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Monetary policy of mercantilism, which called for national regulation of transactions in foreign currency and precious metals (bullion) in order to maintain a favourable balance in the home country. Bullionism is most closely associated with 16th- and 17th-century Spain, which was thought to owe its prosperity and military might to the gold and silver of its New World colonies. This view gave rise to the theory that a favourable balance of trade would increase the nation's supply of precious metals. Spain's abundant treasure led it to buy goods and services abroad at the neglect of domestic industry, causing it to experience an economic decline.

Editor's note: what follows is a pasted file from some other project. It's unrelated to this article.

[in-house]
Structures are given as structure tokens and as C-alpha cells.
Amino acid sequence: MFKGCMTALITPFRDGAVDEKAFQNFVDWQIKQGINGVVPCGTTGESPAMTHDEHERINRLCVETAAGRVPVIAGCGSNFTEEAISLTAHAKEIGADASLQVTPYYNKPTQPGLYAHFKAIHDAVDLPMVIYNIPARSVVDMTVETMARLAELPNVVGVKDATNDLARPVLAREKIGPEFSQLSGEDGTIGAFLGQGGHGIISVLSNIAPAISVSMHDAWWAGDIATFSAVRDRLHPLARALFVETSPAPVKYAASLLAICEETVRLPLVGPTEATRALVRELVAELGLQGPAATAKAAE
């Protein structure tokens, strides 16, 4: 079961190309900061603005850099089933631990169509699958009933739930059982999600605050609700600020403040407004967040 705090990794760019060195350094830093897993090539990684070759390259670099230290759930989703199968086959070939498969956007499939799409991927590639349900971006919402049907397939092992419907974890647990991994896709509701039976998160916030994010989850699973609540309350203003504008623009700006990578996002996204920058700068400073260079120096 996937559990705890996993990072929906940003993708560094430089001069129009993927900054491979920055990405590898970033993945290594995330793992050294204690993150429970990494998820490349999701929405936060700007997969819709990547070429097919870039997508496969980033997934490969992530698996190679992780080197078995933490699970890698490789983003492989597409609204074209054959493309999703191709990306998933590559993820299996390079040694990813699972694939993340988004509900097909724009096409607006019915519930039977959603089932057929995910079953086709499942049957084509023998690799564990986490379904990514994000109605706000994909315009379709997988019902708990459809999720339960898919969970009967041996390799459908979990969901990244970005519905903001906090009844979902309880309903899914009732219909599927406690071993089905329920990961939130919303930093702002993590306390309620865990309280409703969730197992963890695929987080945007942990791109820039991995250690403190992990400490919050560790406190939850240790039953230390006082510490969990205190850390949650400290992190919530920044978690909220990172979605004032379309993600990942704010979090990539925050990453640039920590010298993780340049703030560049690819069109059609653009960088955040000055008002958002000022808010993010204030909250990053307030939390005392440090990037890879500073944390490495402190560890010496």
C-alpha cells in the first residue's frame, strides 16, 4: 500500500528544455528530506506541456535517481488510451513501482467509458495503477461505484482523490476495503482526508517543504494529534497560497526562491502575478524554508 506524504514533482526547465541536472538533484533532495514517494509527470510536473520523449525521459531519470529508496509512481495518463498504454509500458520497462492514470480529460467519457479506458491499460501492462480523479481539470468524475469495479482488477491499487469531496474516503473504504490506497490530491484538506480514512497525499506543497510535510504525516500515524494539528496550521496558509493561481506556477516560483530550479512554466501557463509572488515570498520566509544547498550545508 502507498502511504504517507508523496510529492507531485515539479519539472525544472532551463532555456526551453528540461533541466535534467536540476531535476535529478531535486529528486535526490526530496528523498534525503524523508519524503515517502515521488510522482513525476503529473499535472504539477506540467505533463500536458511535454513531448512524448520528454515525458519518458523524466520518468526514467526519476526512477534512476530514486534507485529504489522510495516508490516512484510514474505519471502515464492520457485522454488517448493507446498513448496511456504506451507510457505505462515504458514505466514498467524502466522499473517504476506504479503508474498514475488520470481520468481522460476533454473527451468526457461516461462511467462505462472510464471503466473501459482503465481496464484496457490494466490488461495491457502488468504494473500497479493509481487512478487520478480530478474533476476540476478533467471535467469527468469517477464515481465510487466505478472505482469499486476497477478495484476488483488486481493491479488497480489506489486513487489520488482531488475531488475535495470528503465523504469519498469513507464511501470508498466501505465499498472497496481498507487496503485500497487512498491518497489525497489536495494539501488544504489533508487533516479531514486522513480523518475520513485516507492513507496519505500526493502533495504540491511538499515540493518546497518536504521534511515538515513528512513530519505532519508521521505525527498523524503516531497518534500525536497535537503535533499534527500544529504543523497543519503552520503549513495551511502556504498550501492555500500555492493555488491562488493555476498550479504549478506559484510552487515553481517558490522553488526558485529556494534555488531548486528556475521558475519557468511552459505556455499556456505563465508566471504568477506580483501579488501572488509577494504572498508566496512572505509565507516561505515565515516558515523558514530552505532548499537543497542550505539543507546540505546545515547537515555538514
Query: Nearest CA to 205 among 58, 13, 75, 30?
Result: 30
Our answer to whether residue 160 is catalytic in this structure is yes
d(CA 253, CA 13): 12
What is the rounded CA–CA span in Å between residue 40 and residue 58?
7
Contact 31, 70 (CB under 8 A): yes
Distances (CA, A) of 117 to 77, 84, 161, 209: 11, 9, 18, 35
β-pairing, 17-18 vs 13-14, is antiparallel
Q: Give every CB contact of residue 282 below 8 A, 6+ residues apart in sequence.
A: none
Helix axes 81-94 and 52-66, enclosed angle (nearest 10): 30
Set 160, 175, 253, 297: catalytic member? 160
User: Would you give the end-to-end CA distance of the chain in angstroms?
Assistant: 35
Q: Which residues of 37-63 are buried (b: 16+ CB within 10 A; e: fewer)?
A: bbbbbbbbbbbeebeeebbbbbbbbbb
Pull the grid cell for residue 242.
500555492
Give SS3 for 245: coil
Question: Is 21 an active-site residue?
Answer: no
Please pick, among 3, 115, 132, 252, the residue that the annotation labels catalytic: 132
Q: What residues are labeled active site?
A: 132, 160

This entry comes from Encyclopædia Britannica Concise. For the full entry on bullionism, visit Britannica.com.